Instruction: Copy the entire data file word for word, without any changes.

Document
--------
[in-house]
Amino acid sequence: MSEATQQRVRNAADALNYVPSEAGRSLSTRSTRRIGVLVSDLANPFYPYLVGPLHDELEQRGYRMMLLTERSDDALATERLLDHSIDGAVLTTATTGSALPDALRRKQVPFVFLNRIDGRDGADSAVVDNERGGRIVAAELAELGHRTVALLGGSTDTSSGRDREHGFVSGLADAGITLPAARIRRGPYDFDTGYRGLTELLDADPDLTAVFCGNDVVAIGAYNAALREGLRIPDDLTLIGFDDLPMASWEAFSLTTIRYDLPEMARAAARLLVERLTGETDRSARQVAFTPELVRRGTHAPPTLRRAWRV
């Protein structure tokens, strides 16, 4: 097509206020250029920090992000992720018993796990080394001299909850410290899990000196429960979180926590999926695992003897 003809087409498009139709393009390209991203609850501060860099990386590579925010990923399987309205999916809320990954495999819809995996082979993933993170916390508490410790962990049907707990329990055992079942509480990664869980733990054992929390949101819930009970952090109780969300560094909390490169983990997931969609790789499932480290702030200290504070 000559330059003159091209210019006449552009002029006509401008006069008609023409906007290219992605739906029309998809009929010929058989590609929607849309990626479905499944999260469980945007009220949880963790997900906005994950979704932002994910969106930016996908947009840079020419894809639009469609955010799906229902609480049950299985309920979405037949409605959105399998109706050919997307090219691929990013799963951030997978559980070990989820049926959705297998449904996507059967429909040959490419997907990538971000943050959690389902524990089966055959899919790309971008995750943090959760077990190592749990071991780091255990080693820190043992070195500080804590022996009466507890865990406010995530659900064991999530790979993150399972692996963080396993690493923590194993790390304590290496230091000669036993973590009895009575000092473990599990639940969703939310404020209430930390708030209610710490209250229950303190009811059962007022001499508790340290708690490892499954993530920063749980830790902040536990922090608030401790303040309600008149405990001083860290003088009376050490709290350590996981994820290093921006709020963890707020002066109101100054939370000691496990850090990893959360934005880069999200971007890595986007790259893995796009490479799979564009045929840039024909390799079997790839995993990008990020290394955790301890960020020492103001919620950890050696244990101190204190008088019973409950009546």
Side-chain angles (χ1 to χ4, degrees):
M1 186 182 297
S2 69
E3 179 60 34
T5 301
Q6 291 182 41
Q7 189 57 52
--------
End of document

[in-house]
Amino acid sequence: MSEATQQRVRNAADALNYVPSEAGRSLSTRSTRRIGVLVSDLANPFYPYLVGPLHDELEQRGYRMMLLTERSDDALATERLLDHSIDGAVLTTATTGSALPDALRRKQVPFVFLNRIDGRDGADSAVVDNERGGRIVAAELAELGHRTVALLGGSTDTSSGRDREHGFVSGLADAGITLPAARIRRGPYDFDTGYRGLTELLDADPDLTAVFCGNDVVAIGAYNAALREGLRIPDDLTLIGFDDLPMASWEAFSLTTIRYDLPEMARAAARLLVERLTGETDRSARQVAFTPELVRRGTHAPPTLRRAWRV
């Protein structure tokens, strides 16, 4: 097509206020250029920090992000992720018993796990080394001299909850410290899990000196429960979180926590999926695992003897 003809087409498009139709393009390209991203609850501060860099990386590579925010990923399987309205999916809320990954495999819809995996082979993933993170916390508490410790962990049907707990329990055992079942509480990664869980733990054992929390949101819930009970952090109780969300560094909390490169983990997931969609790789499932480290702030200290504070 000559330059003159091209210019006449552009002029006509401008006069008609023409906007290219992605739906029309998809009929010929058989590609929607849309990626479905499944999260469980945007009220949880963790997900906005994950979704932002994910969106930016996908947009840079020419894809639009469609955010799906229902609480049950299985309920979405037949409605959105399998109706050919997307090219691929990013799963951030997978559980070990989820049926959705297998449904996507059967429909040959490419997907990538971000943050959690389902524990089966055959899919790309971008995750943090959760077990190592749990071991780091255990080693820190043992070195500080804590022996009466507890865990406010995530659900064991999530790979993150399972692996963080396993690493923590194993790390304590290496230091000669036993973590009895009575000092473990599990639940969703939310404020209430930390708030209610710490209250229950303190009811059962007022001499508790340290708690490892499954993530920063749980830790902040536990922090608030401790303040309600008149405990001083860290003088009376050490709290350590996981994820290093921006709020963890707020002066109101100054939370000691496990850090990893959360934005880069999200971007890595986007790259893995796009490479799979564009045929840039024909390799079997790839995993990008990020290394955790301890960020020492103001919620950890050696244990101190204190008088019973409950009546």
Side-chain angles (χ1 to χ4, degrees):
M1 186 182 297
S2 69
E3 179 60 34
T5 301
Q6 291 182 41
Q7 189 57 52